Gustav Holst (1874-1934) made a two-piano version of The Planets at the same time as the orchestral version (1914-16). This was not an arrangement of the orchestral score. It existed before the orchestration was written out and played a key role in the whole compositional process. Two of Holst’s colleagues agreed to learn the two-piano version from manuscript and play it for him on Saturday mornings in his music office. Vally Lasker and Nora Day made detailed notes on the orchestration as dictated by Holst during these performances. When it came time to write out the orchestral score, both pianists assisted in the process, using those notes. The seven movements’ manuscripts are currently spread out in three British libraries and were originally published separately in 1949-51. A splendid complete publication overseen by the composer’s daughter, Imogen, was done by J Curwen & Sons, Ltd. in 1979.
As with most piano versions of orchestral music, the piano will never displace the orchestra. Yet pianists are a persistent bunch and will continue to search out and learn good arrangements, especially if by the composer. As a study vehicle, this kind of arrangement is quite valuable. Holst used the piano performances to check out his musical ideas before the orchestration. I performed the celeste part in a performance of the Planets , and I am pleased to find that part included almost note-for-note in this arrangement.
Frank Bury (1910-44) was an accomplished musician who taught Holst’s daughter Imogen and worked at Morley College under Holst’s directorship. He was killed in action in the airborne landings at Normandy in 1944. His Prelude and Fugue for two pianos is given its first recording here and is quite an amazing work. Full of unconventional harmonies (including some bitonality and whole-tone scales) it concludes with some massive organ-like sonorities.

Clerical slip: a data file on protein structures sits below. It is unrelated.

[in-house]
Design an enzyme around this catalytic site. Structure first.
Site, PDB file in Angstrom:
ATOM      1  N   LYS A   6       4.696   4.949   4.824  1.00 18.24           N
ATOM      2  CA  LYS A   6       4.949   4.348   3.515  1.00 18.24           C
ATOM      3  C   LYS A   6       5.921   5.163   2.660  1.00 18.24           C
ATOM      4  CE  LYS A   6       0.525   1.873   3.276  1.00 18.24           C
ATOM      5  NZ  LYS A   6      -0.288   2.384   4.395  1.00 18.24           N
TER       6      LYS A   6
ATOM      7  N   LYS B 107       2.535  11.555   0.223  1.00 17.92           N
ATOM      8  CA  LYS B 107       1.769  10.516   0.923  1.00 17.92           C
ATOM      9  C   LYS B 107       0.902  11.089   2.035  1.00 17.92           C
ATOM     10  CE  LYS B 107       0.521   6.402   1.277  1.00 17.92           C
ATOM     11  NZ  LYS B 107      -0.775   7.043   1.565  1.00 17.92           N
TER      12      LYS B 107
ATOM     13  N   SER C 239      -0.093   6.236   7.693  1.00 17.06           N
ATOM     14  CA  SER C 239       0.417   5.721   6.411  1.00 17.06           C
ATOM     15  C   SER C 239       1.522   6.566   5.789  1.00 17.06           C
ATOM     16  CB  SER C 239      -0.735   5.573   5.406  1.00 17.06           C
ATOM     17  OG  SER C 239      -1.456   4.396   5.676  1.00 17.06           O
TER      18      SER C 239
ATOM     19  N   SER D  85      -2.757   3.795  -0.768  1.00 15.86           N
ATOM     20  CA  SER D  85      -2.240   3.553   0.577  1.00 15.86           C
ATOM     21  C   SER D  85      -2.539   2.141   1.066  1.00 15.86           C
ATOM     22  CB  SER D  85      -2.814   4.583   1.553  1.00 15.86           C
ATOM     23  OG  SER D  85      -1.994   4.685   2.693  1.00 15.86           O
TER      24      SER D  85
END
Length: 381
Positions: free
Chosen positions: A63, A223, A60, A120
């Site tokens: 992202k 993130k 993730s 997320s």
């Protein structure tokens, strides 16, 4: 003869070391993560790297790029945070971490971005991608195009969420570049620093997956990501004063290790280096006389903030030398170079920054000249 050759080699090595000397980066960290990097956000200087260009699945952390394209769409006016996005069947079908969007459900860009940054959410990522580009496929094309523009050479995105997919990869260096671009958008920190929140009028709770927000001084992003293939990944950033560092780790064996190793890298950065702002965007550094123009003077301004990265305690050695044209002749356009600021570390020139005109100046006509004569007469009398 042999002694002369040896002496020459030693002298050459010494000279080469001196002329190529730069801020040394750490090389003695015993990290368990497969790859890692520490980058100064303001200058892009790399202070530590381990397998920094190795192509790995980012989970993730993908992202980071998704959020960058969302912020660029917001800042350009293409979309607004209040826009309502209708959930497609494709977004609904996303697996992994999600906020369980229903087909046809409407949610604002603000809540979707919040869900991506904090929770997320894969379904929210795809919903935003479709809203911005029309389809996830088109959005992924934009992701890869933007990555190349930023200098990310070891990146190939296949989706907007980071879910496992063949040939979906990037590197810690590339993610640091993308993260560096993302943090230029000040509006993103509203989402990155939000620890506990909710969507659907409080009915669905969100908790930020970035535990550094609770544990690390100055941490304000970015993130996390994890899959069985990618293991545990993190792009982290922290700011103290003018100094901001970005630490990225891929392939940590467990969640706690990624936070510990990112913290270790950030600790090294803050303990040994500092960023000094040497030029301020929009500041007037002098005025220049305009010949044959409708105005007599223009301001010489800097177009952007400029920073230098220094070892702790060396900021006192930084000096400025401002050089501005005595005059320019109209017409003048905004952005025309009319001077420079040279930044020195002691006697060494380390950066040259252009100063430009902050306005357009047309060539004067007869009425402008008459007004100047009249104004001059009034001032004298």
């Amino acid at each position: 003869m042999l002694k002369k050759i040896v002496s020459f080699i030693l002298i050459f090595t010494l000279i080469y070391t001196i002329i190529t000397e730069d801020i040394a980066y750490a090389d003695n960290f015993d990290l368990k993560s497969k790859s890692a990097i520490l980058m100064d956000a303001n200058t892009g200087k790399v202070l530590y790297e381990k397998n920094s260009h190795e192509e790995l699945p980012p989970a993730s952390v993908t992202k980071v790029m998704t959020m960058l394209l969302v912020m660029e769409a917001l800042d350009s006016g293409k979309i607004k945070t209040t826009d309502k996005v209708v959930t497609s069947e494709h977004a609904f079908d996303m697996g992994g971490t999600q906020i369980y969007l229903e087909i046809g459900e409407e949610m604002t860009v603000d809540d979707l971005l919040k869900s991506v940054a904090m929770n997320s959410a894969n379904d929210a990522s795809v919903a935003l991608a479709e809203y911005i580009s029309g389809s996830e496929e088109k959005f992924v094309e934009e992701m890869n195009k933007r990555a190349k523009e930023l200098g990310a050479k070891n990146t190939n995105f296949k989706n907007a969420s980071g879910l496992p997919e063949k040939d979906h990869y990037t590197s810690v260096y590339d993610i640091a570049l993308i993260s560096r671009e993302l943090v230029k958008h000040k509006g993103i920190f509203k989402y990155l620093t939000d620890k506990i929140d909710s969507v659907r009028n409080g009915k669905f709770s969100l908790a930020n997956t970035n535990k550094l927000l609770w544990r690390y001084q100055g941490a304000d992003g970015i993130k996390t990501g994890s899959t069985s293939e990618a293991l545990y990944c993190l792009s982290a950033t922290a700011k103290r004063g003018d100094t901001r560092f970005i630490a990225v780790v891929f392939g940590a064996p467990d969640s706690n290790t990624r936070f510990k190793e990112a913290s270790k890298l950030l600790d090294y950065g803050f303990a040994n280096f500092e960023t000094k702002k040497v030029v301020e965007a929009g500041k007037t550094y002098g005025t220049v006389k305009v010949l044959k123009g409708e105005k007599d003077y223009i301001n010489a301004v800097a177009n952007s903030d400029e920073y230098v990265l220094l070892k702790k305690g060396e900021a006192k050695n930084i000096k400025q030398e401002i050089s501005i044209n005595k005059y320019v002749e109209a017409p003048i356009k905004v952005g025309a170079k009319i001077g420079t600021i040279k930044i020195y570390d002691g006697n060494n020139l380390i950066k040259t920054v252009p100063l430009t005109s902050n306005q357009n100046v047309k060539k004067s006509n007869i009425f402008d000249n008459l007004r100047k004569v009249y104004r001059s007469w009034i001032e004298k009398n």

Edgar Bainton (1880-1956) studied music in the same class with Holst under Stanford at the Royal College of Music. His Miniature Suite for piano duet has three dances in a simple, enjoyable, and quirky English style. Elgar (1857-1934) composed the piano duet version simultaneously with the string orchestra version of his Serenade . Given the fact that he considered (in 1904) that he had never composed anything better, this wonderful gem surely deserves to be better known.
In keeping with the disc’s title, “British Music for Piano Duo”, Goldstone and Clemmow picked some excellent and obscure works to complete the program. As with all of their releases so far, I find the choice of repertoire matched by their fabulous performances. These are two consummate musicians completely in tune with each other’s playing. Inventive programming that has uncovered many unknown works and resurrected others has made them one of the most enjoyable duos I have become acquainted with over the past several years.